Reading Harry Potter might make you a better person
Its been almost 20 years since Harry Potter was introduced to the world. And the boy wizard is still fighting the forces of evil. Of course, it's all in the imaginations of millions. But Harrys victory over the evil Voldemort may not be limited to the pages of a book.
This is according to a new study.
A group of Italian psychologists has been looking at Harry Potter. They believe that children who identify with Harry might grow up feeling differently about some groups of people. They could develop greater empathy and tolerance toward people from different backgrounds. Those might include refugees, immigrants and gay people. This is according to NPRs Shankar Vedantam. And it might be thanks to Harrys unhappy childhood.
Peppered throughout the stories are revealing references, Vedantam says. Harry wasn't brought up in the aristocracy of wizard life. At the same time, many wizards in the story came from privileged backgrounds. Some of them turn out to be the villains of the story, according to Vedantam.
Harry eventually escapes his life among normal people. (They are called muggles by his fellow wizards). He quickly discovers that the wonders of the magical world still hide prejudice and bigotry. They are cloaked behind wands and robes. By experiencing the world through Harrys eyes, the psychologists think that perhaps readers may become more attuned to people who often struggle in the real world.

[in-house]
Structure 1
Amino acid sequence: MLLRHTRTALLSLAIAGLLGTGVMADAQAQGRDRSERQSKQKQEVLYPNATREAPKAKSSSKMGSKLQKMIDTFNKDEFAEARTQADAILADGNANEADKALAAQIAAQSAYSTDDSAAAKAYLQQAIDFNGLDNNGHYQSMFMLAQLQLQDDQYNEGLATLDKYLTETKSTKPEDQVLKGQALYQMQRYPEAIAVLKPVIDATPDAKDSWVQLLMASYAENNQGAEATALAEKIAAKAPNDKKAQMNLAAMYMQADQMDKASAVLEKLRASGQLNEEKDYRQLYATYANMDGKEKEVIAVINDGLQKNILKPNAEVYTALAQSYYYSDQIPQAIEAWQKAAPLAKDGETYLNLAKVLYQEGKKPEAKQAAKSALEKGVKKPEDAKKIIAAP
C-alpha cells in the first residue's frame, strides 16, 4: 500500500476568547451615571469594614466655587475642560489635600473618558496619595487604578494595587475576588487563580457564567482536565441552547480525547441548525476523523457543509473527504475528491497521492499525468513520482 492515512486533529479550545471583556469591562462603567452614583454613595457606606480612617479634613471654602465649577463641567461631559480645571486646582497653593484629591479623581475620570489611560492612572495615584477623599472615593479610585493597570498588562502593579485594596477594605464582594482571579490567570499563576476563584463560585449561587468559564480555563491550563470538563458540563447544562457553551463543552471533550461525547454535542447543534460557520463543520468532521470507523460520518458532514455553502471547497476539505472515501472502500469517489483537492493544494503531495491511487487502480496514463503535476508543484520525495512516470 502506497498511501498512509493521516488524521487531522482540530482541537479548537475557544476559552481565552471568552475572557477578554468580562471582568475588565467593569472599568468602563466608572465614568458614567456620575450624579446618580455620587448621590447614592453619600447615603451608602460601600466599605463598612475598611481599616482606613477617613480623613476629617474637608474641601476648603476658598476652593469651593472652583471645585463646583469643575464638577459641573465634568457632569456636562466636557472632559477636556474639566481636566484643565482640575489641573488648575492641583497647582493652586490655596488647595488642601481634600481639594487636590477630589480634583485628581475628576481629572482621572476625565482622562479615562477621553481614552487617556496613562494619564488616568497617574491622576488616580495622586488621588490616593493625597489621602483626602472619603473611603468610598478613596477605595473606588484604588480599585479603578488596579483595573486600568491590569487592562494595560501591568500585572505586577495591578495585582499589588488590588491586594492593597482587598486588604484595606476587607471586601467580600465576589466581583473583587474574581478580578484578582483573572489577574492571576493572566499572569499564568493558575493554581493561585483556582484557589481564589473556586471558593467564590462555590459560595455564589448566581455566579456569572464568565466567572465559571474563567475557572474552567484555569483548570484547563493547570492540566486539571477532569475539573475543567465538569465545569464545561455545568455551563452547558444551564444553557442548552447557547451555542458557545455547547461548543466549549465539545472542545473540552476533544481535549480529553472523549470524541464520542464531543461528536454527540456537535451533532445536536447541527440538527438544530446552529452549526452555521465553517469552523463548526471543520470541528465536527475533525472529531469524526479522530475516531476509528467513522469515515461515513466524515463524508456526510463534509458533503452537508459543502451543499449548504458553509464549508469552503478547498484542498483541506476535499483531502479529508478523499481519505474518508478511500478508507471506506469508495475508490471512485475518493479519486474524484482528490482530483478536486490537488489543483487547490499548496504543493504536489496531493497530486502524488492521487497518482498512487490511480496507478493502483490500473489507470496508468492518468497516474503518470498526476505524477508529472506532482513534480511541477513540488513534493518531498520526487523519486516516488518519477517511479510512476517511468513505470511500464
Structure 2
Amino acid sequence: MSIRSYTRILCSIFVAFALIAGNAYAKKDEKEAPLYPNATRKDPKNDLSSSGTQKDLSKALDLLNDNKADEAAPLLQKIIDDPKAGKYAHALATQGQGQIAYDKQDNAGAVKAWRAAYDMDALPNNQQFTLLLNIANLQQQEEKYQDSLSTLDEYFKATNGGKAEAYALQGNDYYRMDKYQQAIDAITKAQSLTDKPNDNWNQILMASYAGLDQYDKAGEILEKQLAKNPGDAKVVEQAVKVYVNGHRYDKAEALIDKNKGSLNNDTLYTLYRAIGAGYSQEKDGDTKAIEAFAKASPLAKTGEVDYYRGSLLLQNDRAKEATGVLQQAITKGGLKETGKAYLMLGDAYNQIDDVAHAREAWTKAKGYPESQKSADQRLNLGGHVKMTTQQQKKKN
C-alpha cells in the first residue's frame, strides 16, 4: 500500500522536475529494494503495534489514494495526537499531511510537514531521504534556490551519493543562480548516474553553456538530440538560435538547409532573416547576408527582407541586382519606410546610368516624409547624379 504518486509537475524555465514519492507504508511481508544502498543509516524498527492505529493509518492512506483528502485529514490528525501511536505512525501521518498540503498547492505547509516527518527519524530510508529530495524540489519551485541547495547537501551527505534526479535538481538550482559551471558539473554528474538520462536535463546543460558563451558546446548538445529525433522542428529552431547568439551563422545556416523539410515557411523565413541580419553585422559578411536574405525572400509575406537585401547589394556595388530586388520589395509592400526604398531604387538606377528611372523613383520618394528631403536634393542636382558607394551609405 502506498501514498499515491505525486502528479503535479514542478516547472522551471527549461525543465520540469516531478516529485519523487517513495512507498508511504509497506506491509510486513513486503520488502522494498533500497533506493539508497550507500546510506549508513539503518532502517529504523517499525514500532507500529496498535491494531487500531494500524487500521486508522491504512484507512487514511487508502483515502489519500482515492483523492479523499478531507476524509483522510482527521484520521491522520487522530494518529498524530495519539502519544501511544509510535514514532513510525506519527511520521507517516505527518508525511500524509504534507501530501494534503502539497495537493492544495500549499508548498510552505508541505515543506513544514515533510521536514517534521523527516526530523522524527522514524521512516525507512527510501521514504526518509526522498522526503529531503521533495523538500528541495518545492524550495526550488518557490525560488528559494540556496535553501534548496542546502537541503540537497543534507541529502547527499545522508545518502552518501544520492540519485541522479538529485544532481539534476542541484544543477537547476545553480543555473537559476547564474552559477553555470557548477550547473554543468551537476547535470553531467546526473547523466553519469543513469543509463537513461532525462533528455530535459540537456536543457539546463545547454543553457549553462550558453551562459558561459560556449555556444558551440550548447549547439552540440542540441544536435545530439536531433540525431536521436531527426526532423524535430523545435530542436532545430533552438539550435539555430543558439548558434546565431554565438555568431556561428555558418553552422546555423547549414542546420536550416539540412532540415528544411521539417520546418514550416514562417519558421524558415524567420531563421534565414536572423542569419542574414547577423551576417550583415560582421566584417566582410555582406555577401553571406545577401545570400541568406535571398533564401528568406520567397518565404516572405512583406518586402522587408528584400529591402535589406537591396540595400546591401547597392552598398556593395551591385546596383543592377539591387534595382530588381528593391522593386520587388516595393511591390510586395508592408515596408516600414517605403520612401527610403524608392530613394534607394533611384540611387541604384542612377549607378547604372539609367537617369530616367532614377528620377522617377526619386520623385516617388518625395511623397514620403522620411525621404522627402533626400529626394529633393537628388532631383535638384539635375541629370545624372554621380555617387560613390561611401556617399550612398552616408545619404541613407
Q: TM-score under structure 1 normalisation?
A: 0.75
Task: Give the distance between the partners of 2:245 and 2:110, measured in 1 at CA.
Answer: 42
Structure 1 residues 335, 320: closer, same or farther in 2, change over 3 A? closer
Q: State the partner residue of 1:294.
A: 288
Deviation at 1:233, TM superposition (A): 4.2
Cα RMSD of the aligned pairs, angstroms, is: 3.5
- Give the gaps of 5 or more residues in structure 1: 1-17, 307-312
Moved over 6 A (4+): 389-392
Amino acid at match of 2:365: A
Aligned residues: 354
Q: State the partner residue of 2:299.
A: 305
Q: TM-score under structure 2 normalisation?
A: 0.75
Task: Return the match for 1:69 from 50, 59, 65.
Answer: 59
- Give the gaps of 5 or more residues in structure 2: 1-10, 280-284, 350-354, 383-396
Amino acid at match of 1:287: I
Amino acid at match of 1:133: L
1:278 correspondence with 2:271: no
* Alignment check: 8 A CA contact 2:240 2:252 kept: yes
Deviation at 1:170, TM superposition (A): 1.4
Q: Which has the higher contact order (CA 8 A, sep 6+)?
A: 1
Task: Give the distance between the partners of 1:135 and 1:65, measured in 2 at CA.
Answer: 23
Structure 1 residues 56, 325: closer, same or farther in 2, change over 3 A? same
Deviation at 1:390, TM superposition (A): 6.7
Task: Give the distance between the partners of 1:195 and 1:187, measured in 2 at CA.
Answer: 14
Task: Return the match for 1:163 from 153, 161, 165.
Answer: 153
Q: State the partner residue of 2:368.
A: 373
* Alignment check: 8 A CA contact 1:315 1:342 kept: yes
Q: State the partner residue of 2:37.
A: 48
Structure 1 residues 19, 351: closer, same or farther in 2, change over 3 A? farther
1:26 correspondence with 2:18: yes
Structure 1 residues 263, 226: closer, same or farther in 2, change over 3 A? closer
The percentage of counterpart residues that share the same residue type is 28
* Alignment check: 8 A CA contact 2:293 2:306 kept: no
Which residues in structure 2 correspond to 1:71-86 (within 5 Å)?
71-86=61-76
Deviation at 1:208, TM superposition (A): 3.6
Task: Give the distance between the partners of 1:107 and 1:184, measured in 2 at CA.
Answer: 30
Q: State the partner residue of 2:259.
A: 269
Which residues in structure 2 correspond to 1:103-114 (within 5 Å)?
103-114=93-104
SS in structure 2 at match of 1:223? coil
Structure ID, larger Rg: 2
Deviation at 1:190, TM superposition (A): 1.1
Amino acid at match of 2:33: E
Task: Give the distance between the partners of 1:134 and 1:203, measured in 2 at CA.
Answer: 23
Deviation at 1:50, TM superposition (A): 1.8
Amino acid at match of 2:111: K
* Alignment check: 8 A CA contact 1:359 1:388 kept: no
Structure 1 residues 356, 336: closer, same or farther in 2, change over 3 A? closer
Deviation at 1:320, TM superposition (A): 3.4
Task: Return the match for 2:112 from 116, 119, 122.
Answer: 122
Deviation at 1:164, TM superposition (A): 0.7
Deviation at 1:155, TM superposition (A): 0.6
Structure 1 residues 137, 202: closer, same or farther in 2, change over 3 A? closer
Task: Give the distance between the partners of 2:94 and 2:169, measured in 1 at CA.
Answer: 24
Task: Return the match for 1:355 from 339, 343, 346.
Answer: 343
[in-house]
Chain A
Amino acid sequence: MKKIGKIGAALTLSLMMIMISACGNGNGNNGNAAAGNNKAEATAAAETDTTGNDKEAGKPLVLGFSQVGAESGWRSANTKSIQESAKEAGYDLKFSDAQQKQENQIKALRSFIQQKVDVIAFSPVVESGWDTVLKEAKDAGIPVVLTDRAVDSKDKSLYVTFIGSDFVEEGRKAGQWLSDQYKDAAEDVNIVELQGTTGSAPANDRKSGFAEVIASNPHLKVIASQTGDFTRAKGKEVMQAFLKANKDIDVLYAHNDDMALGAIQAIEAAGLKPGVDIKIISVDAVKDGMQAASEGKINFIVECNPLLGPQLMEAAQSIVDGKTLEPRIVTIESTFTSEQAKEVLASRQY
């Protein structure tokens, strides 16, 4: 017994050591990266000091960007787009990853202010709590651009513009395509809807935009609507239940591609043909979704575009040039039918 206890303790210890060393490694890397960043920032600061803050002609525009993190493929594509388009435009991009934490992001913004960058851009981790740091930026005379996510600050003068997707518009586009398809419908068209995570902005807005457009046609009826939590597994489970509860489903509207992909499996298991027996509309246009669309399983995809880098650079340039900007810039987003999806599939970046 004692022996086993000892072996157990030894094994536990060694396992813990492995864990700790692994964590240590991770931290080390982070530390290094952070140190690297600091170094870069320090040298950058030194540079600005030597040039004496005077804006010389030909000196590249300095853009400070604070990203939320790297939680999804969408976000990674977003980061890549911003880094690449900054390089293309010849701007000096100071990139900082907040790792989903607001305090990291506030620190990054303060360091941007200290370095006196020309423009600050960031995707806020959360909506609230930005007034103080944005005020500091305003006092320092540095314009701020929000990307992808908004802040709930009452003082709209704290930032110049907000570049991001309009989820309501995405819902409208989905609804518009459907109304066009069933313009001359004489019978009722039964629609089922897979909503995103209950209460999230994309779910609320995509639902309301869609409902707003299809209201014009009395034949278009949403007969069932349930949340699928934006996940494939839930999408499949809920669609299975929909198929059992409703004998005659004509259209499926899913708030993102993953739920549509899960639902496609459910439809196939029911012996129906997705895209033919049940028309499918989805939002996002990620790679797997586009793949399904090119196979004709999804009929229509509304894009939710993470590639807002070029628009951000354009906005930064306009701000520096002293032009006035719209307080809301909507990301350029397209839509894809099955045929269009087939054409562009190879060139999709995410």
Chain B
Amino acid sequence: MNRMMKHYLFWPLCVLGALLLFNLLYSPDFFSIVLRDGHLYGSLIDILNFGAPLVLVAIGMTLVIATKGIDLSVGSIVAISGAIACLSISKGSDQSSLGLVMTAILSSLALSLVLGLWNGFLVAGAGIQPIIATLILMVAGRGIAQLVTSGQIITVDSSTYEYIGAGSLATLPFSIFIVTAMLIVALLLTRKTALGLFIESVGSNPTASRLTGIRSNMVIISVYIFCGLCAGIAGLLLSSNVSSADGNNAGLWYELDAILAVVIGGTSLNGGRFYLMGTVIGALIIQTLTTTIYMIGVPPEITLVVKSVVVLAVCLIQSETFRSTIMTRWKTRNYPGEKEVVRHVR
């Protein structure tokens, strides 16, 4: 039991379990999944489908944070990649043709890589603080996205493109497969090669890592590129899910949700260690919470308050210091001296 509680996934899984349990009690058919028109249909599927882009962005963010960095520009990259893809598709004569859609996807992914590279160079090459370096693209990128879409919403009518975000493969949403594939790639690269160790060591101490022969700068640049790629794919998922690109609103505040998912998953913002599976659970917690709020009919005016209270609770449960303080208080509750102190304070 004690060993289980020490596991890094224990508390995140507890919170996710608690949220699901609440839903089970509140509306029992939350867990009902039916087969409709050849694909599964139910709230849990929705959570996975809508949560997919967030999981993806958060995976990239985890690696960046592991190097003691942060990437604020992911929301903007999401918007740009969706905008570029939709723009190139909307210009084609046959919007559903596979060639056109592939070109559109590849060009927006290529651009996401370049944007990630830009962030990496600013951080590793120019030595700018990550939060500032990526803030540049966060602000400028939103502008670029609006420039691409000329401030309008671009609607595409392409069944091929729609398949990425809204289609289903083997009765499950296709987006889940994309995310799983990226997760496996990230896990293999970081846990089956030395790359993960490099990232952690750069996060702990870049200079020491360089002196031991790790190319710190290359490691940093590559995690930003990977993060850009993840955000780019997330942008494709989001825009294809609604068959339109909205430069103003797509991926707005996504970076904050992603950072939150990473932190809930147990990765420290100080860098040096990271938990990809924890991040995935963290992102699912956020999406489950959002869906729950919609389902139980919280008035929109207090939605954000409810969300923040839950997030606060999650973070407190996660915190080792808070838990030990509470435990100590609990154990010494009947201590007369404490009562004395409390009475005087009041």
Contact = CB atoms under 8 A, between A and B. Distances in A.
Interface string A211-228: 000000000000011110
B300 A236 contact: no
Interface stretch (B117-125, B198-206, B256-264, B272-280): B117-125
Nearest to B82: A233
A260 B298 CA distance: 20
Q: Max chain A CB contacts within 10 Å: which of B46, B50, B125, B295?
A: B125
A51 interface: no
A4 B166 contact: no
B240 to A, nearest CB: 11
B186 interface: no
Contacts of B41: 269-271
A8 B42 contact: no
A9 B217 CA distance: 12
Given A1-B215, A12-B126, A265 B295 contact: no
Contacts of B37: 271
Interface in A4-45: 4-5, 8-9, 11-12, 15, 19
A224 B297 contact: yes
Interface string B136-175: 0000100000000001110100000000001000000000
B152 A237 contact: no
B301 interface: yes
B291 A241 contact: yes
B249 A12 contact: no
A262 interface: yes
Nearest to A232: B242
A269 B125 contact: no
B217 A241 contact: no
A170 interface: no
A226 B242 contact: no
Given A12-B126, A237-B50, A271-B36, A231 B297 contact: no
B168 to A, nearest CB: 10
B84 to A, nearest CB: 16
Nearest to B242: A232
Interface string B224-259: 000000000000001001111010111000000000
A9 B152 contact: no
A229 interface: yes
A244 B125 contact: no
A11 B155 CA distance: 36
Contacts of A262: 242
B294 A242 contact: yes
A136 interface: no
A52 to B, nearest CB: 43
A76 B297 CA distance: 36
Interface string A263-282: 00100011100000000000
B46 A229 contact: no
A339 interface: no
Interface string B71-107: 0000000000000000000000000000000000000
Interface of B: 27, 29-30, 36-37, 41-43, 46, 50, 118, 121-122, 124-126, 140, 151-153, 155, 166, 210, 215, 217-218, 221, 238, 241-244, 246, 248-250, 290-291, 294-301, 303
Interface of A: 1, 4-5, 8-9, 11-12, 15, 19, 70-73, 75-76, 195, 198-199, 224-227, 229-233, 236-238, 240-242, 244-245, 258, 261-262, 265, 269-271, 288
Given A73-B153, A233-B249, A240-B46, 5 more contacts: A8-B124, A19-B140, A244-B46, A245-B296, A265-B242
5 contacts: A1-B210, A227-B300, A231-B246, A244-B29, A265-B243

Could it be true?
Here's what the researchers found.
They tested three groups of young people. The people were taken from elementary school-age through university students. The Potterheads were more accepting of stigmatized people. But while the researchers used Harry Potter as a benchmark, Vedantam says it might say more about how a good story changes the way you think.
When stories allow us to empathize with people who lead very different lives or come from very different backgrounds, it allows us to get into their shoes," Vedantam says. And, he says it occurs in a way that no amount of preaching can accomplish.
So it may look like Harry Potter could fight prejudice in the real world. But the study doesnt say whether listening to Draco and the Malfoys has the opposite effect.
Critical thinking challenge: Why did psychologists study Harry Potter instead of other books?